1. Applied Strategic Planning, Leonard Goodstein, 1993
    Charts and checklists with examples to get managers started.

  2. High Impact Tools and Activities for Strategic Planning: Creative Techniques for Facilitating Your Organization's Planning Process, Rod Napier, 1997
    Step-by-step instructions guide you through exercises for gaining employee and management participation, gathering feedback from management about the current state of the organization, creating an organized mission, vision and values statement, and planning so that the vision becomes reality. Ready-to-use materials and handouts are included.

  3. Simplified Strategic Planning: A No-Nonsense Guide for Busy People Who Want Results Fast!, Robert Bradford, 1999
    Provides you with a proven step-by-step detailed roadmap to planning success.

  4. Strategic Thinking: A Step-By-Step Approach to Strategy, Second Edition, Simon Wootton, 2002


Setting goals

Goals are the results that are to be achieved.  Goals keep organizations and individuals focused.  A focus on commonly understood goals insure the work in your organization is completed as efficiently and effectively as possible.  The goals of your organization should align with the goals of the overall company or organization.  The goals of the individuals who work for you should align with your organization's goals.  Alignment of goals insures from the overall company to the individual also insure efficiency and effectiveness.  Typical goals for employees might include learning new skills by a set date or passing a licensing test.  Goals also provide the basis for measuring performance.


  1. Separating the goal from the mission and keeping your eye on the ball  
    Advice for supervisors and managers from Fast Company magazine and Marshall Goldsmith.


Once the goals are established, planning identifies the steps that will move your organization from where it is to where you want to be (goals).  Inherent in the planning process is an analysis of information, possible outcomes, and alternatives.  In mapping out the steps, a supervisor will also identify the time materials and personnel required.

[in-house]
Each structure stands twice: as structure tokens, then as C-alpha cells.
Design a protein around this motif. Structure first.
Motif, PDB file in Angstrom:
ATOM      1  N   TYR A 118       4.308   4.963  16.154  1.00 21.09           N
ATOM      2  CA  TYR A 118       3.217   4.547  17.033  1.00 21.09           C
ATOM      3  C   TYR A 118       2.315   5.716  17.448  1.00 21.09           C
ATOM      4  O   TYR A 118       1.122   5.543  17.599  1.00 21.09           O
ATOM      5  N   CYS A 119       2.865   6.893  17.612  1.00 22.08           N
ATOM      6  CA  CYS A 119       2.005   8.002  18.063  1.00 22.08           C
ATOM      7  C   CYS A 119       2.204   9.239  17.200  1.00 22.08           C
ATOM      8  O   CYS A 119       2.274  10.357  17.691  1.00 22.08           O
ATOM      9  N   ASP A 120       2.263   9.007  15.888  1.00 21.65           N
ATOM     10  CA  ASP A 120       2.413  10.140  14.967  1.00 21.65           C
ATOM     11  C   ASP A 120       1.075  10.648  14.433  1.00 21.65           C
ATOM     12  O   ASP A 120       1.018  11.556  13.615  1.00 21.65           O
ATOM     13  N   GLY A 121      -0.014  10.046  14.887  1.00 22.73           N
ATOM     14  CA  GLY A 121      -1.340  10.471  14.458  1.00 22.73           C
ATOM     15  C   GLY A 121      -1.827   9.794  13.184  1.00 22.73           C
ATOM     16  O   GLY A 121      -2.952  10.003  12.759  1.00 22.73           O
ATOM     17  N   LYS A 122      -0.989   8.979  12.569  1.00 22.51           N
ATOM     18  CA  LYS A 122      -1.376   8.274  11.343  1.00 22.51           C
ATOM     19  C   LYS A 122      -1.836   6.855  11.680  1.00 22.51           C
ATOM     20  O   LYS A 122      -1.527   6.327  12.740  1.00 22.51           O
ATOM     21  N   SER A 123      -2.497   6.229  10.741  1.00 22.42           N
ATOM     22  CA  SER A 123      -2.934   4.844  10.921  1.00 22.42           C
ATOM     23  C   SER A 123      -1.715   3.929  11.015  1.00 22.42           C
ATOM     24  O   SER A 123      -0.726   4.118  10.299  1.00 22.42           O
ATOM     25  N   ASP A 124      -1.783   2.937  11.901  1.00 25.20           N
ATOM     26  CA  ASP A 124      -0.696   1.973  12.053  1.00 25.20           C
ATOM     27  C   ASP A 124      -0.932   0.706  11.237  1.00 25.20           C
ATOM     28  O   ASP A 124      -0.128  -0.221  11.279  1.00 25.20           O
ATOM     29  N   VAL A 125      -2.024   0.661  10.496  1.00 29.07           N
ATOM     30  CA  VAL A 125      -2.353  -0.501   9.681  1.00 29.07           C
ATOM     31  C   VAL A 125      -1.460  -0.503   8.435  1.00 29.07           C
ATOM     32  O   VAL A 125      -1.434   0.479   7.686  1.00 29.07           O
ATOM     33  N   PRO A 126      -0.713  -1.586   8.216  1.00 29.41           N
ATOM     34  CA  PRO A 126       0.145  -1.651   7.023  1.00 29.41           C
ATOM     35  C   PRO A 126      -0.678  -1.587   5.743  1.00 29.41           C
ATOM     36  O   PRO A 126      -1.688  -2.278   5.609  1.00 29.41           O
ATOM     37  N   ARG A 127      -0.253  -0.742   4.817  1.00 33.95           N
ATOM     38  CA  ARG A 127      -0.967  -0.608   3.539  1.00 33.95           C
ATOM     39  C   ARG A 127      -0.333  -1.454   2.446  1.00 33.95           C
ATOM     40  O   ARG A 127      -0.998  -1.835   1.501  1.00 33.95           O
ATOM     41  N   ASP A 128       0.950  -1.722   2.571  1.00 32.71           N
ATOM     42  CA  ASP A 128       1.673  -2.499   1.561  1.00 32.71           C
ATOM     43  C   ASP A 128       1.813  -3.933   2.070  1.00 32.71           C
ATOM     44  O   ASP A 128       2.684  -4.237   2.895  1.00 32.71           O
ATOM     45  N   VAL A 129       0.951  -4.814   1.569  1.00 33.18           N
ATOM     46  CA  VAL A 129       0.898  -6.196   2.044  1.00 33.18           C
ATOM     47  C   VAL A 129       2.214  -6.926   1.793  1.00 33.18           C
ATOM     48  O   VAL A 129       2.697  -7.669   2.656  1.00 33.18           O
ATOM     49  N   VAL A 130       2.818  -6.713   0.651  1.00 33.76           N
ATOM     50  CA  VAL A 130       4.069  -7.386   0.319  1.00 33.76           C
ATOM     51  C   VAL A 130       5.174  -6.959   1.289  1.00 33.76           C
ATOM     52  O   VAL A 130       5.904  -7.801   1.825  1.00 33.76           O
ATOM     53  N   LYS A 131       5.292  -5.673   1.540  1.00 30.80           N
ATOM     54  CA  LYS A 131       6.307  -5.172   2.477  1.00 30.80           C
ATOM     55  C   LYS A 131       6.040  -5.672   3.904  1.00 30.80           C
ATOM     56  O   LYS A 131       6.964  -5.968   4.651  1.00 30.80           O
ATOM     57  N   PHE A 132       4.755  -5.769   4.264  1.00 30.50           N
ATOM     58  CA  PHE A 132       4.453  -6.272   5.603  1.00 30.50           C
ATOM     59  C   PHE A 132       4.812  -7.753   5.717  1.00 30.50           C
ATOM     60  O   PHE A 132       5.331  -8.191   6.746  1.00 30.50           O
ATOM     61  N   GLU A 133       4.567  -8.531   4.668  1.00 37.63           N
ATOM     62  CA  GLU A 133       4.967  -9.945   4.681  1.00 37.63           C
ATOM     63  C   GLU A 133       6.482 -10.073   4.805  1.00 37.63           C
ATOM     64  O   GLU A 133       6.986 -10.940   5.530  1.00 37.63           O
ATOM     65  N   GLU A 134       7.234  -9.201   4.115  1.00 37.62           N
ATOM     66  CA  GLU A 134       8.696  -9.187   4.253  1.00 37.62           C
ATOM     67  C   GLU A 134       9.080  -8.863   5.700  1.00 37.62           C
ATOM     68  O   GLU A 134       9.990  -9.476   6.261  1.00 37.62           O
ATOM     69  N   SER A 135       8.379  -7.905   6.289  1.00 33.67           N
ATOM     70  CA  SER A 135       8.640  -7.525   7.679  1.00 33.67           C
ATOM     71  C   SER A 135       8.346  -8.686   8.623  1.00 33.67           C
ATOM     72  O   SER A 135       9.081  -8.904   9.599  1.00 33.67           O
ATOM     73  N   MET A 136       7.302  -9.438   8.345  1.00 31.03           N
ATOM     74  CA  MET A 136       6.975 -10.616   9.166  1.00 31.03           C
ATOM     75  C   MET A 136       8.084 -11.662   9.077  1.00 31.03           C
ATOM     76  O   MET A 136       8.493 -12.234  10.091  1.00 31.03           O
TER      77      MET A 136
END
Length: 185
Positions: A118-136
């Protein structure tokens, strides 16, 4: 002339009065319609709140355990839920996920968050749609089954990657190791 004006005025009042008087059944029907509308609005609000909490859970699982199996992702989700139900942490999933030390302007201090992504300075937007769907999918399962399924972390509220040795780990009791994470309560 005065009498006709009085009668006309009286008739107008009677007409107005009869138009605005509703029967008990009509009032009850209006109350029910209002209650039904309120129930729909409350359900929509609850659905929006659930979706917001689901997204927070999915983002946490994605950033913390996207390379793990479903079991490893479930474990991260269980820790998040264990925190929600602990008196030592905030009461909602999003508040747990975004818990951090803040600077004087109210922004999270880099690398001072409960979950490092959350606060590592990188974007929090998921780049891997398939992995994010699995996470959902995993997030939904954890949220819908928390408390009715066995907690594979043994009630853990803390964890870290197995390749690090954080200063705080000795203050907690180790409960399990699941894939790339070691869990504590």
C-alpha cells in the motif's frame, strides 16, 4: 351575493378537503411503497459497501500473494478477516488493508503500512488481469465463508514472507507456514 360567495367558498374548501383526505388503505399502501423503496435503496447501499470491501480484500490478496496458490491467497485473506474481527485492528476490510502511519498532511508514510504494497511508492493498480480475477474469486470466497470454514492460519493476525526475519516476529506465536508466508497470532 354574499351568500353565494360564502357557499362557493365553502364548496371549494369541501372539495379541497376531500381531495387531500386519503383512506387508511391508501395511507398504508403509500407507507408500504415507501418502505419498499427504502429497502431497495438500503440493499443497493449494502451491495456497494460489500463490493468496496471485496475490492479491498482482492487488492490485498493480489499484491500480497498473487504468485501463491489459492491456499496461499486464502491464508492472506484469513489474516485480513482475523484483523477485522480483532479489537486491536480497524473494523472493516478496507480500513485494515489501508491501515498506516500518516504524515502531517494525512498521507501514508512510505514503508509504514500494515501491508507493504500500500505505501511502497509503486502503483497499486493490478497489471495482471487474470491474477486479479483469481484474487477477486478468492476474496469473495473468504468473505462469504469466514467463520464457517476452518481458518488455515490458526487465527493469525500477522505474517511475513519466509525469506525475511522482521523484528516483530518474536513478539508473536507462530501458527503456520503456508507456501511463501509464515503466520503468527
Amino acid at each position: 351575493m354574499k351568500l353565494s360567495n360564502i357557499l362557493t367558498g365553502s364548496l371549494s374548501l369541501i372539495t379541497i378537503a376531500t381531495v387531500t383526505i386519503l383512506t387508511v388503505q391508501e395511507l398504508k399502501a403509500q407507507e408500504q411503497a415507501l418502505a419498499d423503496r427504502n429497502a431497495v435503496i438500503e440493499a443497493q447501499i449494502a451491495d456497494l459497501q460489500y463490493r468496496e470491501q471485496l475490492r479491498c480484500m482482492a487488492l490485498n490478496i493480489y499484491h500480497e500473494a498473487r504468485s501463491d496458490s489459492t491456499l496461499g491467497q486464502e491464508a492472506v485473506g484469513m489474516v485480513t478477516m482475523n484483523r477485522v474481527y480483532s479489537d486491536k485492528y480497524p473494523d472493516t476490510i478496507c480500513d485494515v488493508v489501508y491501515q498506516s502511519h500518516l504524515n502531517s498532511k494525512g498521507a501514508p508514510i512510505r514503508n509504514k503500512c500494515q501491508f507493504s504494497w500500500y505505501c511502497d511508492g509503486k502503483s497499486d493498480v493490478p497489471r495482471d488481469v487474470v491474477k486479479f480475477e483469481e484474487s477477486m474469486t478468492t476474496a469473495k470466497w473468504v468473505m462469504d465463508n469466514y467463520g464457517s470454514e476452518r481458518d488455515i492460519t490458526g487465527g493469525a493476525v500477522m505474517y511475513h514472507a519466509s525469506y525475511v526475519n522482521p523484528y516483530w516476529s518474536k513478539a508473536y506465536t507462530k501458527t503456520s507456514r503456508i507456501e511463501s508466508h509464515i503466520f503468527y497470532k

Dave "Lefty" Lefkowith is a dynamic hands-on change agent, successful as an executive, a corporate consultant, an entrepreneur and a speaker/trainer.  Here's an insight from Lefty on strategic planning.  You can learn more from Lefty at Management Skills.

The best planning is always reality-based.  And in any business organization (public or private) reality starts with a budget.  Budgets drive organizations, and they are important tools for operational accountability. 

But the best strategic planning sessions do not start with a simple budget review.  Instead, the management team should develop an annual review that highlights the key challenges and accomplishments of the organization in the year just finished.

An effective annual review should cover at least the following topics:

1)           Financial Highlights (revenues, earnings, balance sheet changes)

2)           Performance on Prior Year’s Strategic Priorities

3)           Key Industry Trends

4)           Key Stakeholder Developments

5)           Management “Going Forward” Insights / Concerns 


  • Planning Considerations  Focus on a clear purpose including sub-goals, appropriate people resources, facilities and equipment, methods and processes, estimate of costs, schedule, controls, evaluation of results, anticipate possible problems, talk to others, and remain objective.


Supervisors need to schedule work to meet deadlines.  Deadlines provide a tangible sense of accomplishment and closure for work.  Deadlines provide motivation and urgency for individuals to complete the work.  Schedules are essential when multiple resources are required.  Work must be performed and completed in a logical, cost effective sequence to maximize efficiency.  For example, the relatively simple task of preparing dinner becomes unmanageable without the scheduling of buying the ingredients, preparing the ingredients and then cooking the ingredients.

Supervision Solution 

How do I?  What do I say?  Management and supervision solutions to the most frequent and most difficult supervisory issues and problems on scheduling employees.     

  1. My employee called in sick a few days ago.  We haven't heard from her and when we called her line is busy.  What should I do?

  2. How do I schedule my employees during the holidays?

  3. How should I prioritize my work?



FranklinCovey. Experts at getting organized.

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